module Overcommit::Hook::PreCommit
  class EnsureSpecHelper < Base
    def run
      errors = []

      applicable_files.each do |file|
        if File.read(file) !~ /^require 'spec_helper'/
          errors << "#{file}: missing `require 'spec_helper'`"
        end
      end

      return :fail, errors.join("\n") if errors.any?

      :pass
    end
  end
end

The corresponding configuration for this hook would look like:

PreCommit:
  EnsureSpecHelper:
    enabled: true
    description: 'Checking for missing inclusion of spec_helper'
    include: '**/*_spec.rb'

Adding Existing Git Hooks

You might already have hook scripts written which you'd like to integrate with Overcommit right away. To make this easy, Overcommit allows you to include your hook script in your configuration without writing any Ruby code. For example:

PostCheckout:
  CustomScript:
    enabled: true
    required_executable: './bin/custom-script'

So long as a command is given (either by specifying the command option directly or specifying required_executable) a special hook is created that executes the command and appends any arguments and standard input stream that would have been passed to the regular hook. The hook passes or fails based on the exit status of the command.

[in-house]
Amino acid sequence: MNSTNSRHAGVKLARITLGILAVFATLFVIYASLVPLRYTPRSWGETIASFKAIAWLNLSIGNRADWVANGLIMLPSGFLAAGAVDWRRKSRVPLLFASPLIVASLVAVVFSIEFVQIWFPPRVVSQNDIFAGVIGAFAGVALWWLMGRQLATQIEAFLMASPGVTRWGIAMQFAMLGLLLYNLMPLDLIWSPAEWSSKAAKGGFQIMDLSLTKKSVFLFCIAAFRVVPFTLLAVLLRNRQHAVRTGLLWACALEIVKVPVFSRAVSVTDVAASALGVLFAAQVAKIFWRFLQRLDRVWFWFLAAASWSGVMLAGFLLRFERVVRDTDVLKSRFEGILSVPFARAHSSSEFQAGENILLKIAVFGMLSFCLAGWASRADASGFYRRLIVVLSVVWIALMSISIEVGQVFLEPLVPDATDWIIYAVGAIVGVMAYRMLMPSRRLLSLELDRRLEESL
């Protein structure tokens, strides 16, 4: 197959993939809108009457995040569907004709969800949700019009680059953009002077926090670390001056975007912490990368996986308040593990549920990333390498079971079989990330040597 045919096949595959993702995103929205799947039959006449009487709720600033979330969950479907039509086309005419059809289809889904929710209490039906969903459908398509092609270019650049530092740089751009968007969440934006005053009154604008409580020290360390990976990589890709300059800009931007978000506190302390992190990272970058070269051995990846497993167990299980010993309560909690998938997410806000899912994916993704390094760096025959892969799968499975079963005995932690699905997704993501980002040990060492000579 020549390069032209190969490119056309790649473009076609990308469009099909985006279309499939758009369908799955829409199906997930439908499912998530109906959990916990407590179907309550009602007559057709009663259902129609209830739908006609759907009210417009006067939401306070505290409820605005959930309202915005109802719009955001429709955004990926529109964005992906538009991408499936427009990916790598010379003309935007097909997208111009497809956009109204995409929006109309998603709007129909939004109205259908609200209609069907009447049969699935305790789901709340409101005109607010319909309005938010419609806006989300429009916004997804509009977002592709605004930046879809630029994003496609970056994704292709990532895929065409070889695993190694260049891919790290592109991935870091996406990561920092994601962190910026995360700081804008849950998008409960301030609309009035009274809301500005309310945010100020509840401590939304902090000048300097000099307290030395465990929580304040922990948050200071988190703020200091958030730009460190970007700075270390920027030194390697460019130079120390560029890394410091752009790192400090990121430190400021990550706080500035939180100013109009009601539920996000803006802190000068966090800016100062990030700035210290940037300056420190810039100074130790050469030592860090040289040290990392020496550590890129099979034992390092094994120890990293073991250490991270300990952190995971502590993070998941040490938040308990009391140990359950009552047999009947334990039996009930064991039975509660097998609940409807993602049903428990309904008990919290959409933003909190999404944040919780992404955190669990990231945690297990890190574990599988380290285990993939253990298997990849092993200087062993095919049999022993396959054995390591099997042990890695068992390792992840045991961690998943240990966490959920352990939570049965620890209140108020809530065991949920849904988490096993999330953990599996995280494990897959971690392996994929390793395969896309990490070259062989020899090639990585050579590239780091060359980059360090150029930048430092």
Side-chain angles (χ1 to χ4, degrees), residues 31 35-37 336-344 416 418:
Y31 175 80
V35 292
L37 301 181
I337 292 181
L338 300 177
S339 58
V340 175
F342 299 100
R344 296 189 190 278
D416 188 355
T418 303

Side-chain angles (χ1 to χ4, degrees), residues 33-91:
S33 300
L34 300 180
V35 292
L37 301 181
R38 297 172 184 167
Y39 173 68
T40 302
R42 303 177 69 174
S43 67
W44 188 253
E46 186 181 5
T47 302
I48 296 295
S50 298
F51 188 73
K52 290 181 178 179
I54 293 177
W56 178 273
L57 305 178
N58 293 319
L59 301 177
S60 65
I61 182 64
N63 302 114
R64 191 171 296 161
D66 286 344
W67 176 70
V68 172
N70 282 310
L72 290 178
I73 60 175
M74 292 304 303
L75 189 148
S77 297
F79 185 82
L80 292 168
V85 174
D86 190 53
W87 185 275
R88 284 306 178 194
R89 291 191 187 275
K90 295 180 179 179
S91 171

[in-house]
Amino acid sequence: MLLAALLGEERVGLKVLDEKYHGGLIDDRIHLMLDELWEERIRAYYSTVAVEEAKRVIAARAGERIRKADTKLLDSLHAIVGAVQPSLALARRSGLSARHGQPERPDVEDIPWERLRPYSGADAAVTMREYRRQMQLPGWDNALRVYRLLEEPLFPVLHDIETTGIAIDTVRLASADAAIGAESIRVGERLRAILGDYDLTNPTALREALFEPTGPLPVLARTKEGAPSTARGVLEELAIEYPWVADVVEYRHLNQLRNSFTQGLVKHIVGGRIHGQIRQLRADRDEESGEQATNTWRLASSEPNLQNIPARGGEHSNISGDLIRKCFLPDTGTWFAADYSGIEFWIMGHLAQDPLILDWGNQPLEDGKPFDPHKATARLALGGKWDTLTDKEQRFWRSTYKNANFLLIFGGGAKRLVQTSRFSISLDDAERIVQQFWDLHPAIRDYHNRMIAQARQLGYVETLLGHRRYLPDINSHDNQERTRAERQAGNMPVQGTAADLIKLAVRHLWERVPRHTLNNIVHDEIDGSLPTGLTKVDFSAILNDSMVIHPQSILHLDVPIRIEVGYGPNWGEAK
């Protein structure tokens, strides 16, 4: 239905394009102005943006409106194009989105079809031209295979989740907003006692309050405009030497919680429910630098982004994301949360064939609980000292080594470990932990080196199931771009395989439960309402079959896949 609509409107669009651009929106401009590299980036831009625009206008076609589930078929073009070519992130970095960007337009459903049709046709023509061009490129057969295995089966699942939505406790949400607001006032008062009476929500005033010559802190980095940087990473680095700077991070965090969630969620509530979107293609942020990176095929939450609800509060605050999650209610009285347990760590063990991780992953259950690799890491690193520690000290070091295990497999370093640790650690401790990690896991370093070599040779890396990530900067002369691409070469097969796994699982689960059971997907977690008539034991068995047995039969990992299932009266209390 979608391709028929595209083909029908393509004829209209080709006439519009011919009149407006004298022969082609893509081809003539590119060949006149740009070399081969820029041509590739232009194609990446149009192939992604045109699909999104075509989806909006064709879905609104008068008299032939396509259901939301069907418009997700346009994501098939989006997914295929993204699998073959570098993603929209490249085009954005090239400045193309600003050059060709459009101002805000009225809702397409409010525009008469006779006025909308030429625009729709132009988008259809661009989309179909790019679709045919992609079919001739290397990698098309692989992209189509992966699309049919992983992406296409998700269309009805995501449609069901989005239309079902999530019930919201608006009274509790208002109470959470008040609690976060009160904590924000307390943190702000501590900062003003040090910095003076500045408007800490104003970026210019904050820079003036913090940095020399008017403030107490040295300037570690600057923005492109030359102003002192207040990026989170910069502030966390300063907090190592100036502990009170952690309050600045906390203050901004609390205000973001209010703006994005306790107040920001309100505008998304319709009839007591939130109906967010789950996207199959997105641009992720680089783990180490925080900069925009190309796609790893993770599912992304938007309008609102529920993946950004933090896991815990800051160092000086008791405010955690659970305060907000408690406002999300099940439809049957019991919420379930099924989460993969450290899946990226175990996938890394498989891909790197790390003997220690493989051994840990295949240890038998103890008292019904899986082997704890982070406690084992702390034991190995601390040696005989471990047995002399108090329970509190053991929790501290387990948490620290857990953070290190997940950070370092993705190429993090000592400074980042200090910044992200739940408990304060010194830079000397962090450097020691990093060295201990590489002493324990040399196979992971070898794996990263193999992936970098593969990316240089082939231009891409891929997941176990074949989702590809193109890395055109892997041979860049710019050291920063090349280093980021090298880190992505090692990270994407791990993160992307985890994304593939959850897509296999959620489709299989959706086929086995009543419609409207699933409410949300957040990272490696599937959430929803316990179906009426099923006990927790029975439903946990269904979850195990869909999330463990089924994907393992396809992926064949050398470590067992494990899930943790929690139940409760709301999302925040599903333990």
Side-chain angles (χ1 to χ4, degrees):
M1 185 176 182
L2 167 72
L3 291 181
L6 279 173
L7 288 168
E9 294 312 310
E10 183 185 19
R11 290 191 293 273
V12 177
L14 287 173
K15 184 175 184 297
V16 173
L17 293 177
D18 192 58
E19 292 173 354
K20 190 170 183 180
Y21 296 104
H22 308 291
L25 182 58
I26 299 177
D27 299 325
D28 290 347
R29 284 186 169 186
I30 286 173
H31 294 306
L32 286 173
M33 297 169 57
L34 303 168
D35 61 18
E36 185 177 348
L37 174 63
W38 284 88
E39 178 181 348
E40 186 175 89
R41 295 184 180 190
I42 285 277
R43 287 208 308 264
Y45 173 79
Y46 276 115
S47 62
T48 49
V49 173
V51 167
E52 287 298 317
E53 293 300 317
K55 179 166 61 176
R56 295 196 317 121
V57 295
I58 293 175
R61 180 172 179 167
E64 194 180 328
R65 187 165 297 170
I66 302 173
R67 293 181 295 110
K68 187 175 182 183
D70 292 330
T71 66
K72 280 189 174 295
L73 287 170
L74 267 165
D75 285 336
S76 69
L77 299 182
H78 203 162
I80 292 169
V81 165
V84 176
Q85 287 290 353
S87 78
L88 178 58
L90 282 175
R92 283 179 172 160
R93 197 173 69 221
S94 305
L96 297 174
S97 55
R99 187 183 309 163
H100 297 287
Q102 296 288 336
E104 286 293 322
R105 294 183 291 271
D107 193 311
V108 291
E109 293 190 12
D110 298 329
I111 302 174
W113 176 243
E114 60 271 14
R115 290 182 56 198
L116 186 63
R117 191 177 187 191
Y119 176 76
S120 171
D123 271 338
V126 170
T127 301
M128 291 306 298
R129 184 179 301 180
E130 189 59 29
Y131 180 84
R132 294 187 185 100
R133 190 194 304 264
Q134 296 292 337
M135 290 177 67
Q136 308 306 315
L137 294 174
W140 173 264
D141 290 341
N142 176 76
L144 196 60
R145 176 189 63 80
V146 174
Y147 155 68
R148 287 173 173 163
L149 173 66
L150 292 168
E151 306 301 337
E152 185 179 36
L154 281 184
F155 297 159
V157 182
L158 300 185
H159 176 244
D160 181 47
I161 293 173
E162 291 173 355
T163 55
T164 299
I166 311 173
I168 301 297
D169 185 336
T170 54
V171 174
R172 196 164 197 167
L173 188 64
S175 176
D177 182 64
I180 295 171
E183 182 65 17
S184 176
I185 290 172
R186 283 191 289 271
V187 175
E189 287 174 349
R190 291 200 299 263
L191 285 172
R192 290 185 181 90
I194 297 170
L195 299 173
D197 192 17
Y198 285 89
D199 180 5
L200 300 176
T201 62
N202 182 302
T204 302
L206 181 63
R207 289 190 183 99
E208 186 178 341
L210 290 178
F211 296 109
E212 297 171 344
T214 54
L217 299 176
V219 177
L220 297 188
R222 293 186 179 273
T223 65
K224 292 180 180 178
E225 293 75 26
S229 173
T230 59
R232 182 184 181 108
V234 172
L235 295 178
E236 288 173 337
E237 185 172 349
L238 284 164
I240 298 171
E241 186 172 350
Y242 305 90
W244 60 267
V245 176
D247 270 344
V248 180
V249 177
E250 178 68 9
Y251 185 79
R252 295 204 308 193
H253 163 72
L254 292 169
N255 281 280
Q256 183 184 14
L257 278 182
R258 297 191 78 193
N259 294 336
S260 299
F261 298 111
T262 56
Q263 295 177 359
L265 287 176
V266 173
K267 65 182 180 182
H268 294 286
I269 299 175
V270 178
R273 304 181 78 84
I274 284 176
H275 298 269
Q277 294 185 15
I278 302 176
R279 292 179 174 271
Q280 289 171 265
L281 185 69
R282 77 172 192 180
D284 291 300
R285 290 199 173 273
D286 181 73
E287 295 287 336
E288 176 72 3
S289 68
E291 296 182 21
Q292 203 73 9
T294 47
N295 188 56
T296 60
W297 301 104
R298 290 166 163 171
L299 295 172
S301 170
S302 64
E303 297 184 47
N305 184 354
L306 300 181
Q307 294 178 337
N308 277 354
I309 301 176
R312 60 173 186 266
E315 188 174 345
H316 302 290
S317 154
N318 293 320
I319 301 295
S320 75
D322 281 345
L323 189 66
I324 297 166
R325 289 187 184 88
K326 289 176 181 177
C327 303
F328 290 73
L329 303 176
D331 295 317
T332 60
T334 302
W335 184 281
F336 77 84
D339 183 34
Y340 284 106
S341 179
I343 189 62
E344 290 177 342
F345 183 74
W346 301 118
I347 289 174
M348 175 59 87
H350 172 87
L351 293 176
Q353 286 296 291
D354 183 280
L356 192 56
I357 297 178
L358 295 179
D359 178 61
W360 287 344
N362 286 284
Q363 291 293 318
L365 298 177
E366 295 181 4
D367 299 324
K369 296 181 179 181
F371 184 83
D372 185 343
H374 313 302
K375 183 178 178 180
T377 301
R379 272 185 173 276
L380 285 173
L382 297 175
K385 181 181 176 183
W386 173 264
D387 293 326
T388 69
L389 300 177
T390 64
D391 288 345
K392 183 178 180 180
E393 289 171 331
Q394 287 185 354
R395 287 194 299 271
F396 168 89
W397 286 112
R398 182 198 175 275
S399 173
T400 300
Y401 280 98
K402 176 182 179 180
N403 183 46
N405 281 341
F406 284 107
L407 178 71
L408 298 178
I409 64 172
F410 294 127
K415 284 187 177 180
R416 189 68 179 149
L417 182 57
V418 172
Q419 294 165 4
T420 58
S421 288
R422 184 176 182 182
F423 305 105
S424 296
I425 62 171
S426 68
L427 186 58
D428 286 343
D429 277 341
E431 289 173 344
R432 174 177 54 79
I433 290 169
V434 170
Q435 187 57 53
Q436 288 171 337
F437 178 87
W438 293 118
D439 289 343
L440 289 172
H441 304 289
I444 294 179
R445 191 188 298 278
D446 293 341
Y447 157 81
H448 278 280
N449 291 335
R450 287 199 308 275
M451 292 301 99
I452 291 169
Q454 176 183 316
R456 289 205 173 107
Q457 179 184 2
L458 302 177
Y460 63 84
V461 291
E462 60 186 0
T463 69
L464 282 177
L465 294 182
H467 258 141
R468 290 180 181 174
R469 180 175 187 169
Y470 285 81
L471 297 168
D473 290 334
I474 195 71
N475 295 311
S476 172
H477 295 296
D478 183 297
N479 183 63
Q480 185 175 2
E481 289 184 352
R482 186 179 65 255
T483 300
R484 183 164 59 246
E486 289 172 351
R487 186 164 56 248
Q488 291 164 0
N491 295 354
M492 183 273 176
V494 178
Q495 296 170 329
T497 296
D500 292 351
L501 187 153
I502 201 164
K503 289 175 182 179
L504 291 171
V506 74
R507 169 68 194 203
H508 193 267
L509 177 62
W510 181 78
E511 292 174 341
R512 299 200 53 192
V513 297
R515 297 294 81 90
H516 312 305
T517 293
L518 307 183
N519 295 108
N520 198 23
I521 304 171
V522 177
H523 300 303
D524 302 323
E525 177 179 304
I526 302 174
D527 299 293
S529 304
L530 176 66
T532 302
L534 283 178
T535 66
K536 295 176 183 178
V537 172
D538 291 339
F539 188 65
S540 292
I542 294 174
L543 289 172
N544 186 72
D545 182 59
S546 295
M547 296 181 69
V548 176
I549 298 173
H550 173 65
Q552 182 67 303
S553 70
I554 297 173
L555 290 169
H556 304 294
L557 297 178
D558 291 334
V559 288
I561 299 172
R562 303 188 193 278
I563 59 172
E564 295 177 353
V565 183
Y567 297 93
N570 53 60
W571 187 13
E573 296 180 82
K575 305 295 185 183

Security

While Overcommit can make managing Git hooks easier and more convenient, this convenience can come at a cost of being less secure.

Since installing Overcommit hooks will allow arbitrary plugin code in your repository to be executed, you expose yourself to an attack where checking out code from a third party can result in malicious code being executed on your system.

As an example, consider the situation where you have an open source project. An attacker could submit a pull request which adds a post-checkout hook that executes some malicious code. When you fetch and checkout this pull request, the post-checkout hook will be run on your machine, along with the malicious code that you just checked out.